Credit Score: Calculation, Ranges, Check, Improve

A credit score is a numerical representation of an individual’s creditworthiness, calculated using various financial data. It ranges typically from 300 to 850, with higher scores indicating better credit risk.

Credit scores are primarily calculated by three major credit bureaus: Experian, TransUnion, and Equifax. These bureaus collect information on your payment history, types of credit, and other financial behaviors to generate your score. FICO is commonly used model for calculating credit scores and is recognized for its accuracy.

Many people are unaware that they can check their credit score for free once a year from each of the three major bureaus. Understanding your credit score is essential for financial planning and for securing loans or credit at favorable interest rates.

The score is recalculated periodically, so it’s beneficial to keep an eye on it and take steps to improve it if necessary.

How Is Your Credit Score Determined?

Your credit score is a numerical representation of your creditworthiness, calculated based on five key factors: payment history (35%), credit utilization (30%), length of credit history (15%), types of credit in use (10%), and new credit (10%).

A strong payment history and low credit utilization rate are crucial for a high score. The longer your credit history and the more diverse your types of credit, the better. Lastly, frequent credit inquiries can negatively impact your score. Understanding these factors can help you improve your financial standing.

How Are Credit Scores Calculated?

Understanding how credit scores are calculated can be a complex task. However, it’s crucial to grasp this concept as it plays a significant role in your financial life.

Two key factors that influence your credit score are your payment history and the amounts you owe. These factors account for up to 70% of your overall credit score. Let’s delve deeper into these aspects to understand how they impact your credit score.

How Does Payment History Affect Your Credit Score?

Payment history is the most crucial part of any credit score, accounting for up to 40% of your overall rating. It reflects your reliability as a borrower and indicates whether you have been consistent with your payments.

The factors considered in your payment history include:

  • The number of loan and credit accounts that you have always paid on time.
  • The number of accounts for which you are currently at least 30 days behind on payment.
  • Whether or not you have gone bankrupt, had past due accounts sent to collections, or fallen at least 30 days behind on a loan or line of credit. The recency of these items will also factor in.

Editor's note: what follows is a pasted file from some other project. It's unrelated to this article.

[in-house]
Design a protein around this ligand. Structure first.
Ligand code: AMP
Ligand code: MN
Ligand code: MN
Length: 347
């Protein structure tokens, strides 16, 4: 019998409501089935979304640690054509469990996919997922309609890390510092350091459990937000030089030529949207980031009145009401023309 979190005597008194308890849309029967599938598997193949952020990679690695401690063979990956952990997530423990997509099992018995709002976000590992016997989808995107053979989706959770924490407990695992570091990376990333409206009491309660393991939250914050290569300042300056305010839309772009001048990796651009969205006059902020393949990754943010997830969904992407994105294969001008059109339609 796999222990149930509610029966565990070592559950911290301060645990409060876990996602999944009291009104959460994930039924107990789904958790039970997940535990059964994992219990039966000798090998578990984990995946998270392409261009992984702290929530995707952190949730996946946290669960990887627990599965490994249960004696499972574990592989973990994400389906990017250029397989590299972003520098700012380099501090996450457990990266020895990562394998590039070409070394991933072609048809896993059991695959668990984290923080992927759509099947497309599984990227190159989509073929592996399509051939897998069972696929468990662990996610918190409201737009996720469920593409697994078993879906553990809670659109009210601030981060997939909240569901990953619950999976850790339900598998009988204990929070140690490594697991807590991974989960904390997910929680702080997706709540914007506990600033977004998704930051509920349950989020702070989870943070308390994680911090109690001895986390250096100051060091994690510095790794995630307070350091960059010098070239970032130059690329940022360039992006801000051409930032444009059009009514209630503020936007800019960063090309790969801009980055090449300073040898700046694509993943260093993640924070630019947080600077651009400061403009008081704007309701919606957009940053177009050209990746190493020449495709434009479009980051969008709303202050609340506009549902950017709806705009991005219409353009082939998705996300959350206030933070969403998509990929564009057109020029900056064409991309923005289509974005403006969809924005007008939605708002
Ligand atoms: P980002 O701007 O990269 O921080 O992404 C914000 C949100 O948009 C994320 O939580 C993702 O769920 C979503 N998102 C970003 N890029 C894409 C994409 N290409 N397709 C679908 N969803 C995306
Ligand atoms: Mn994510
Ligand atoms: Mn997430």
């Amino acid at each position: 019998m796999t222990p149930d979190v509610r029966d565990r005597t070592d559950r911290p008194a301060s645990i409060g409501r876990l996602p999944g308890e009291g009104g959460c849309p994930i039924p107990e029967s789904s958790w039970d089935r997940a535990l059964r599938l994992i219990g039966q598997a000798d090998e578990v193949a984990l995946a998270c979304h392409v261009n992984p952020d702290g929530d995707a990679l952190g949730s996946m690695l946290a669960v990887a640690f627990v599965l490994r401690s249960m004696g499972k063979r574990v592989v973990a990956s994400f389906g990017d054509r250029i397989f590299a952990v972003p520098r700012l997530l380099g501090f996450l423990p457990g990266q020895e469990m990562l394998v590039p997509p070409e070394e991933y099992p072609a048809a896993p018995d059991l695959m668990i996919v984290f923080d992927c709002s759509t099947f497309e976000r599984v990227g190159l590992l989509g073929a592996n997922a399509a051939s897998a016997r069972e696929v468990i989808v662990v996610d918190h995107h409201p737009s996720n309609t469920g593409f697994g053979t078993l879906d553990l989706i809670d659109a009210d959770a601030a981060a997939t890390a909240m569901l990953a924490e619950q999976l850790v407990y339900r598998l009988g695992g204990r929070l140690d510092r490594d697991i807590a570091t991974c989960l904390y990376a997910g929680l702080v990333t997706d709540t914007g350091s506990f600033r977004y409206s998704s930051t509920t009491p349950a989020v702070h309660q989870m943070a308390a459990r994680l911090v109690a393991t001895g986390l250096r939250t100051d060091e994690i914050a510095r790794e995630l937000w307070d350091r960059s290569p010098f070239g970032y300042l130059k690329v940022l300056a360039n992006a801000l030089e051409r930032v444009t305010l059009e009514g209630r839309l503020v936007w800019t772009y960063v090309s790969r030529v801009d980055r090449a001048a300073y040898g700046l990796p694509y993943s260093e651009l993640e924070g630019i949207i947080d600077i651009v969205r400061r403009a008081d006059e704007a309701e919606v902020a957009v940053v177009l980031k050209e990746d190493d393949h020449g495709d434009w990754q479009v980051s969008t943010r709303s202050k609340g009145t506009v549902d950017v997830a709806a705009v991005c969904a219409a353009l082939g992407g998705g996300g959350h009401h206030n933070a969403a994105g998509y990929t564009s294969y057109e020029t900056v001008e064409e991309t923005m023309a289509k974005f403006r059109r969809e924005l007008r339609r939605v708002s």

• How many days past due you are on delinquent accounts.
  • The dollar amount past due you are on delinquent accounts and/or accounts sent to collections.

Failing to make payments as agreed on certain types of accounts will negatively impact your credit score. Therefore, it’s essential to make timely payments and avoid delinquencies to maintain a good credit score.

How Do Amounts Owed Influence Your Credit Score?

The money you owe lenders accounts for at least 30% of your score. This factor is an indicator of whether your spending habits are sustainable and if you’re likely to face serious financial problems in the future.

The part of your credit score based on the amounts owed is determined by the following factors:

  • The number of accounts you carry a balance on.
  • Your credit utilization ratio, which is the percentage of your available credit that you’re using.
  • How much you currently owe on credit cards and installment loans.

In a FICO® Score☉ or score by VantageScore, it is commonly recommended to keep your total credit utilization rate below 30%

According to Experian

Lower is better with each of these data points. For instance, a lower credit utilization ratio indicates that you’re not overly reliant on credit, which positively impacts your credit score. Similarly, owing less money on credit cards and installment loans suggests that you’re managing your debts effectively.

VantageScore, a popular credit scoring model, has separate categories for balances, available credit, and utilization. This model emphasizes the importance of managing your credit effectively and maintaining a balance between your credit usage and available credit.

In conclusion, understanding how credit scores are calculated can help you make informed financial decisions. By focusing on maintaining a good payment history and managing the amounts you owe, you can work towards improving your credit score.